Debit card usage among U.S. consumers has declined to the lowest level since the passage of the Durbin amendment, according to a study released this month by Mercator Advisory Group.
The Durbin amendment, part of the Dodd-Frank financial reform bill, caps the amount banks can charge retailers for swiping their debit cards. The cap limits the fee to an average of 24 cents per transaction instead of the previous industry average of 44 cents. The new limit took effect in the summer of 2011.
The Mercator study found that debit account fees that many banking institutions have found necessary to charge to compensate for revenue they lost due to Durbin’s limits have driven consumers away from debit cards.
According to Mercator, debit card penetration in the United States declined over the past two years from a high of 68% in 2011 to a new low of 59% in 2013, as more consumers began using prepaid cards and nontraditional payment forms.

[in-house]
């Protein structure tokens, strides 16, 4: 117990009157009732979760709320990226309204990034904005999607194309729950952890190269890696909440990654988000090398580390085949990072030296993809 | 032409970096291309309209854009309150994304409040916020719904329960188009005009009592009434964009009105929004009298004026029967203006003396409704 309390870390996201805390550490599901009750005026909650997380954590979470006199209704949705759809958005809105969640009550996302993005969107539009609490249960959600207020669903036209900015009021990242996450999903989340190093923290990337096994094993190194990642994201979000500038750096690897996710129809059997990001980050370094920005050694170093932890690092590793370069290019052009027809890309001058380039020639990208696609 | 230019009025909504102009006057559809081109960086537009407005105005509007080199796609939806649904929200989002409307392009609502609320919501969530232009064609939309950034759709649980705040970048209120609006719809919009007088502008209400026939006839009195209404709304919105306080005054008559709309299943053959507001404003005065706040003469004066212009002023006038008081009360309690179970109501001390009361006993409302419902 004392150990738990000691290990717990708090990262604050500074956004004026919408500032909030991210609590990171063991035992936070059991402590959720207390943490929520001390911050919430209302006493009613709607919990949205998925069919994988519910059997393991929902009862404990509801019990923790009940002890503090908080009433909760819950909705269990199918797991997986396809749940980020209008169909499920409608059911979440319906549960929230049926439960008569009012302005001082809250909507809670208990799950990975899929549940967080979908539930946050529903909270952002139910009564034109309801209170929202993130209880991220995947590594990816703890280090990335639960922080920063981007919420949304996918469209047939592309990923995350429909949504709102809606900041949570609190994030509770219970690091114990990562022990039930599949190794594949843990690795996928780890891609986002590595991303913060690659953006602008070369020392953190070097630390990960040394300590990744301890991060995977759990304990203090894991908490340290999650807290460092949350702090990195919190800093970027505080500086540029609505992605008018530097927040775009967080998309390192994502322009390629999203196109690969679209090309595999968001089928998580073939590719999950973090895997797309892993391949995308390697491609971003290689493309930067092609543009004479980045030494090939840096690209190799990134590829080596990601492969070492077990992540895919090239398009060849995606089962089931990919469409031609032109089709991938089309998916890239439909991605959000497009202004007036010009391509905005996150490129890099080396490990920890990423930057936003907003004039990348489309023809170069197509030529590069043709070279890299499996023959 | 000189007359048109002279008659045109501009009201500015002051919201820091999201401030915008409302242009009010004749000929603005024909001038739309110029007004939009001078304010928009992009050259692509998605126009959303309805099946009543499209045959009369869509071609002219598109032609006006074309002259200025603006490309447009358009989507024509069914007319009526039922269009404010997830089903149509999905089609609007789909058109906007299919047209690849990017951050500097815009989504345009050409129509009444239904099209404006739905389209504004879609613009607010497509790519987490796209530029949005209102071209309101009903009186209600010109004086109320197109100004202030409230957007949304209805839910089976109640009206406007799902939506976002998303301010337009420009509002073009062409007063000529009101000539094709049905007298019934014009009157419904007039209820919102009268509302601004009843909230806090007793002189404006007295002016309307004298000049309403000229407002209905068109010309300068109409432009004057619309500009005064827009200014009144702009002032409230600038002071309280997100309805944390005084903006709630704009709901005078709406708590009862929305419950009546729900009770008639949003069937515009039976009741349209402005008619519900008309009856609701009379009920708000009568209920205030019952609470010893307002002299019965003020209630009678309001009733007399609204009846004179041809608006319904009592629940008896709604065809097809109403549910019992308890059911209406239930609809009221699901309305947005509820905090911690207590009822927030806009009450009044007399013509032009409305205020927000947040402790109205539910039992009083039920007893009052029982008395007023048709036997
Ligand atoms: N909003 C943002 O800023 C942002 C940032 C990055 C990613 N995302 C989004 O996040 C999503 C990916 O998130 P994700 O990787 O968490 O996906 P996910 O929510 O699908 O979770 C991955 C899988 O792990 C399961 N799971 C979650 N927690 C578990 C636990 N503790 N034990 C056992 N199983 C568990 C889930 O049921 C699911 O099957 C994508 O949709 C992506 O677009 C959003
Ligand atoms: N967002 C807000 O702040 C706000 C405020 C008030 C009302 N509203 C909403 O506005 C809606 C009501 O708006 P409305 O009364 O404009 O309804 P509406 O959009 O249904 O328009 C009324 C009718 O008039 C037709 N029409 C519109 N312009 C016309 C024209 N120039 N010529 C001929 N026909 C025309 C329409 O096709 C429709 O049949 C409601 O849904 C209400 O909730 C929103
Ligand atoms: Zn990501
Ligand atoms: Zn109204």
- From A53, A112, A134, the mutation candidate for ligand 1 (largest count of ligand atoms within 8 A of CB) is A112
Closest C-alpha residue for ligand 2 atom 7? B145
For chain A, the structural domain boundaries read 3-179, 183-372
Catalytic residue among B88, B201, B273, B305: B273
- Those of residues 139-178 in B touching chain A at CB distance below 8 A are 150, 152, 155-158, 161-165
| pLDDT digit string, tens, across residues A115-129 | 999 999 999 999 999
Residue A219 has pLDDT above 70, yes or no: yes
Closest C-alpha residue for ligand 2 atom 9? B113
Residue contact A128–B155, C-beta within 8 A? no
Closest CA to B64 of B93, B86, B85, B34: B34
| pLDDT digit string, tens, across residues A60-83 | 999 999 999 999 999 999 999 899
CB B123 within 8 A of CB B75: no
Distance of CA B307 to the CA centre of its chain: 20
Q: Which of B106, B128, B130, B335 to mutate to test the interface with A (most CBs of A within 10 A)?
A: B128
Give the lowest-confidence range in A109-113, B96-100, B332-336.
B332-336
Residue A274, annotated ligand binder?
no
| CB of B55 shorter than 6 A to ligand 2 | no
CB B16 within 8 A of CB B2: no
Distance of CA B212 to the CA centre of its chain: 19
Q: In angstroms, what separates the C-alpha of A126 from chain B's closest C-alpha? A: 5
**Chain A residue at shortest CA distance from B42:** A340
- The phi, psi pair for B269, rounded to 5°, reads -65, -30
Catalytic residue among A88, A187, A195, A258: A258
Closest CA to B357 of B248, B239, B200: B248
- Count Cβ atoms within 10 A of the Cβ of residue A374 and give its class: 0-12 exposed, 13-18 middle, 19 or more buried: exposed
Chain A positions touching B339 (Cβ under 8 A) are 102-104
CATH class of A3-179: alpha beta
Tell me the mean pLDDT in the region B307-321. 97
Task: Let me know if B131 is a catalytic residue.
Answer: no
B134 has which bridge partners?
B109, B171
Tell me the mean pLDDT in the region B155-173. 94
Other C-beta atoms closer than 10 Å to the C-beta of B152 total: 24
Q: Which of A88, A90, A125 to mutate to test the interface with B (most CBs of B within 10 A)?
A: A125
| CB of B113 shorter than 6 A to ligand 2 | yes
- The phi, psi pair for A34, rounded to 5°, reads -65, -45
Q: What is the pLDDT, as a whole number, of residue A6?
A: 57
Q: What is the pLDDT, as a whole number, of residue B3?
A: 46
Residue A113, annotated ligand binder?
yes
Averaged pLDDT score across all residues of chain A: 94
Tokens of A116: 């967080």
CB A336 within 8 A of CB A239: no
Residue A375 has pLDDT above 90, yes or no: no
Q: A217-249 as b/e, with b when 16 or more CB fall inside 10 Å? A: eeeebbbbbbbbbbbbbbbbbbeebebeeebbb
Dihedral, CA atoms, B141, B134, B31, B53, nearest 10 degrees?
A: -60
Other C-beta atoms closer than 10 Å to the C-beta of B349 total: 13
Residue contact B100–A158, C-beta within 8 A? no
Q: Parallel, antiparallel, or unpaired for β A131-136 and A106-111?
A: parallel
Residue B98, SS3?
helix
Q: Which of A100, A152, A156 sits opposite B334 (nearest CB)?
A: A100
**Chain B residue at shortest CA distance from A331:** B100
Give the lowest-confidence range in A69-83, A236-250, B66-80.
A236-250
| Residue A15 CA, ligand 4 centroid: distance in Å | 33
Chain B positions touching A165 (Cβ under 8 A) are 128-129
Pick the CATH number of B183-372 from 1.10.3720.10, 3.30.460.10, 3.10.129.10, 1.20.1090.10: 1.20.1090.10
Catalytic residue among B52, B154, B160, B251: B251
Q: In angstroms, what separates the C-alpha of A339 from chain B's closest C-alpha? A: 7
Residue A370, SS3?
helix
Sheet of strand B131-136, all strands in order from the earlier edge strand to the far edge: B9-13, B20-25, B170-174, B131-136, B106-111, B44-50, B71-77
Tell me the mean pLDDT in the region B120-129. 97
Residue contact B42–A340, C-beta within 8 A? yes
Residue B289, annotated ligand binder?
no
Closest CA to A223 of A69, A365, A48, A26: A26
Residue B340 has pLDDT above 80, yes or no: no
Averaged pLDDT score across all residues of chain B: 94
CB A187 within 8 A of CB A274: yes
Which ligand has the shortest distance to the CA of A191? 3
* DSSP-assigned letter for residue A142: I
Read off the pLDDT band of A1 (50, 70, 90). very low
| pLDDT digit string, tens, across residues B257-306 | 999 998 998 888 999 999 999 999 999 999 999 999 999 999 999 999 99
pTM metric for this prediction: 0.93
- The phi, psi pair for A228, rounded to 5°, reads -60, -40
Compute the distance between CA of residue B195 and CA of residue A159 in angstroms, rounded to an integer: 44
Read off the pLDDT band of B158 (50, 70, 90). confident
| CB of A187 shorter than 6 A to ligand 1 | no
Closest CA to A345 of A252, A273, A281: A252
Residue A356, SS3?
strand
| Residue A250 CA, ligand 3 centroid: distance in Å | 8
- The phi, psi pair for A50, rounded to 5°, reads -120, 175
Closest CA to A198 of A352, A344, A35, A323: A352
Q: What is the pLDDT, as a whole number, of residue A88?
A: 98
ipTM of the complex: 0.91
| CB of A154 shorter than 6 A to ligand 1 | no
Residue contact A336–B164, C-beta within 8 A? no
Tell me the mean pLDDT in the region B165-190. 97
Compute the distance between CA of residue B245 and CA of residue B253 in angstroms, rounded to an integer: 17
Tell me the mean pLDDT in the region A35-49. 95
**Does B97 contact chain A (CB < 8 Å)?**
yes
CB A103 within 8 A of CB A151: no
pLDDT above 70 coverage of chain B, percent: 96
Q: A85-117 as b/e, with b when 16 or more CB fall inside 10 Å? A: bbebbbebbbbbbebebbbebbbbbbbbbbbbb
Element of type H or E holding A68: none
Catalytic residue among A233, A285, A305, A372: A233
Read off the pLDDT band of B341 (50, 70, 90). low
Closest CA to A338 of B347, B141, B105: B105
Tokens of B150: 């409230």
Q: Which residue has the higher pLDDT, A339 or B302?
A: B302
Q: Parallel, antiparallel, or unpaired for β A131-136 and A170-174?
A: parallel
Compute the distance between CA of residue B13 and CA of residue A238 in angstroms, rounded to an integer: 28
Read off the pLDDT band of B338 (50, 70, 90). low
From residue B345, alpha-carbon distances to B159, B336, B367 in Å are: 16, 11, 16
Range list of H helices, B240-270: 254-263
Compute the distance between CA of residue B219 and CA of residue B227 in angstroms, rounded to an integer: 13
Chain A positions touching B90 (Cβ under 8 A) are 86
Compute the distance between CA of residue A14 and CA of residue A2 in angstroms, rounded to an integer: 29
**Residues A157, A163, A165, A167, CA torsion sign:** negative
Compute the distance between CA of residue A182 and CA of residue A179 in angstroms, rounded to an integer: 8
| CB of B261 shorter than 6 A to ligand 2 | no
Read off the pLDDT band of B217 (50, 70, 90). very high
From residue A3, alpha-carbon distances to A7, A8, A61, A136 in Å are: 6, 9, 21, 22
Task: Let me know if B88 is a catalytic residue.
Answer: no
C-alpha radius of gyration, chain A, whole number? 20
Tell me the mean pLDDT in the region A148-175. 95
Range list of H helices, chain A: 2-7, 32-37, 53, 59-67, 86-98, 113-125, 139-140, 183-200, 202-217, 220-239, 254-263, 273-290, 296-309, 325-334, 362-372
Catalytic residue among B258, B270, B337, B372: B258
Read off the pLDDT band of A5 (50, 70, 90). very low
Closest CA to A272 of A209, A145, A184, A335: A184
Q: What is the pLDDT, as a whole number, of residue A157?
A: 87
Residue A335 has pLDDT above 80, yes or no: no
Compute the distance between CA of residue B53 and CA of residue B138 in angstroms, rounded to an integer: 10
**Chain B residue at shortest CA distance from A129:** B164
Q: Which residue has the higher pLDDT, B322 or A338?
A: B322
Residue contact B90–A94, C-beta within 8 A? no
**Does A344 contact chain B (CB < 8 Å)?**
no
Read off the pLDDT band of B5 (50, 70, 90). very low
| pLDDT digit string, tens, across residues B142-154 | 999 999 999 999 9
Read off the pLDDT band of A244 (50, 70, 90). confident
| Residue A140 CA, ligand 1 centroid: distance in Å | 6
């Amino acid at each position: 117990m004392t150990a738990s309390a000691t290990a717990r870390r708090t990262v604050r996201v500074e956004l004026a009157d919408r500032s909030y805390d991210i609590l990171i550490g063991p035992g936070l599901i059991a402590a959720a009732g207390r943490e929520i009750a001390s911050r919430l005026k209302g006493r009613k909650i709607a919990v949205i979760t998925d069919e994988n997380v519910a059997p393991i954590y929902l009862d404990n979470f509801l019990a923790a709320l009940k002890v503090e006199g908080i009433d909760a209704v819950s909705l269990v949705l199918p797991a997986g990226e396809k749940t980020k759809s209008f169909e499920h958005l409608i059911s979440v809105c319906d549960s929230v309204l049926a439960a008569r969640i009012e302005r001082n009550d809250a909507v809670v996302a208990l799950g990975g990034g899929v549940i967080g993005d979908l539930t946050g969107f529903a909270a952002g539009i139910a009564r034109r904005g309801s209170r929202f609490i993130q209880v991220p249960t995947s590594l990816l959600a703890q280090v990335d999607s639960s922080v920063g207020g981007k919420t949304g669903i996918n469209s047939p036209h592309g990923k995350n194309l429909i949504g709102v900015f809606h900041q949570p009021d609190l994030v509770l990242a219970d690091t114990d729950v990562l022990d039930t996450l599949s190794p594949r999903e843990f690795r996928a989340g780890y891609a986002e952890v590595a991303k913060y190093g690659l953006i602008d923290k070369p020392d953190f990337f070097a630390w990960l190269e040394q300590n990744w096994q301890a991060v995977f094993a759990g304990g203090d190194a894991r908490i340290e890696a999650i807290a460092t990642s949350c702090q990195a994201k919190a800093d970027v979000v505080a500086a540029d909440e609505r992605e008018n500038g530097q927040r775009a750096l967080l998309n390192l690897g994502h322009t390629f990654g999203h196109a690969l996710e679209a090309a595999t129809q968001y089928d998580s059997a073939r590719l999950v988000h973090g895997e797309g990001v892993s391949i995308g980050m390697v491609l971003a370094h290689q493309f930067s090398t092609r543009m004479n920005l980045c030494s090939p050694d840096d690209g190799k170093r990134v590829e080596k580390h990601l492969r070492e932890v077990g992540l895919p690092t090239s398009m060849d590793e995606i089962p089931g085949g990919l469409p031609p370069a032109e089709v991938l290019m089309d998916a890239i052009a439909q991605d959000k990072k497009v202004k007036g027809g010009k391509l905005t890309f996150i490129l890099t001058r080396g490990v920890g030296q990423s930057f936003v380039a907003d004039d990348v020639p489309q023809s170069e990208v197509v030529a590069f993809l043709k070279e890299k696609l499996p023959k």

The report, titled "Consumers and Debit 2013: A Shift to Alternative Payments," also found that young adults, who have traditionally been more likely than average to use debit cards, are now no more likely than average to use a debit card. Further, debit card penetration of households that earn less than $75,000 a year is also declining faster than average, while at the same time, use of general purpose reloadable prepaid cards is growing, particularly among young adults, although it that growth still minimal, Mercator found.
The report is based on results from Mercator Advisory Group’s CustomerMonitor Survey Series online panel of 3,003 U.S. adult consumers surveyed between May 28 and June 6.